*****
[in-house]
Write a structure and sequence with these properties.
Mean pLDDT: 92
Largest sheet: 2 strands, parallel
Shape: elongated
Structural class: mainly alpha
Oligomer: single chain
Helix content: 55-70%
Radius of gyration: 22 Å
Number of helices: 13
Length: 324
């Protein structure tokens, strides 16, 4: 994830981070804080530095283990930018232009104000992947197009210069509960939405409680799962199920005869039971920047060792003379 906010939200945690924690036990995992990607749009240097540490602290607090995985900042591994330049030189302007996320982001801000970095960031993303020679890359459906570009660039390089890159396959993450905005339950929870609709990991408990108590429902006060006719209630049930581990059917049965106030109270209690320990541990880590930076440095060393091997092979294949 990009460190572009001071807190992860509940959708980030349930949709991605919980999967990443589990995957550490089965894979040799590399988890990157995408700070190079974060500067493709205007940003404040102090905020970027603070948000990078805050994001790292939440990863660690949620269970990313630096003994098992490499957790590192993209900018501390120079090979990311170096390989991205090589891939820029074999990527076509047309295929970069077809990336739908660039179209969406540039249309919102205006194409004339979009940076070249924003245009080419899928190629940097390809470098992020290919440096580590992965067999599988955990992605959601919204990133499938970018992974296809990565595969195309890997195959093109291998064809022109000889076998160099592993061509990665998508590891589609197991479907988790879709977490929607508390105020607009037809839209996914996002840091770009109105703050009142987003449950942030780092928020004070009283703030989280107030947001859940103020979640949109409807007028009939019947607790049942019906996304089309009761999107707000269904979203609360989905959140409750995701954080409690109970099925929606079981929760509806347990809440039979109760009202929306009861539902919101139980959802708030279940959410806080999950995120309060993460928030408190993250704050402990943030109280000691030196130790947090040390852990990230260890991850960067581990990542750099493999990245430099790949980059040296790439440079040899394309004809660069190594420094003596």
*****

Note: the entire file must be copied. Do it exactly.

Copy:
[in-house]
Write a structure and sequence with these properties.
Mean pLDDT: 92
Largest sheet: 2 strands, parallel
Shape: elongated
Structural class: mainly alpha
Oligomer: single chain
Helix content: 55-70%
Radius of gyration: 22 Å
Number of helices: 13
Length: 324
């Protein structure tokens, strides 16, 4: 994830981070804080530095283990930018232009104000992947197009210069509960939405409680799962199920005869039971920047060792003379 906010939200945690924690036990995992990607749009240097540490602290607090995985900042591994330049030189302007996320982001801000970095960031993303020679890359459906570009660039390089890159396959993450905005339950929870609709990991408990108590429902006060006719209630049930581990059917049965106030109270209690320990541990880590930076440095060393091997092979294949 990009460190572009001071807190992860509940959708980030349930949709991605919980999967990443589990995957550490089965894979040799590399988890990157995408700070190079974060500067493709205007940003404040102090905020970027603070948000990078805050994001790292939440990863660690949620269970990313630096003994098992490499957790590192993209900018501390120079090979990311170096390989991205090589891939820029074999990527076509047309295929970069077809990336739908660039179209969406540039249309919102205006194409004339979009940076070249924003245009080419899928190629940097390809470098992020290919440096580590992965067999599988955990992605959601919204990133499938970018992974296809990565595969195309890997195959093109291998064809022109000889076998160099592993061509990665998508590891589609197991479907988790879709977490929607508390105020607009037809839209996914996002840091770009109105703050009142987003449950942030780092928020004070009283703030989280107030947001859940103020979640949109409807007028009939019947607790049942019906996304089309009761999107707000269904979203609360989905959140409750995701954080409690109970099925929606079981929760509806347990809440039979109760009202929306009861539902919101139980959802708030279940959410806080999950995120309060993460928030408190993250704050402990943030109280000691030196130790947090040390852990990230260890991850960067581990990542750099493999990245430099790949980059040296790439440079040899394309004809660069190594420094003596």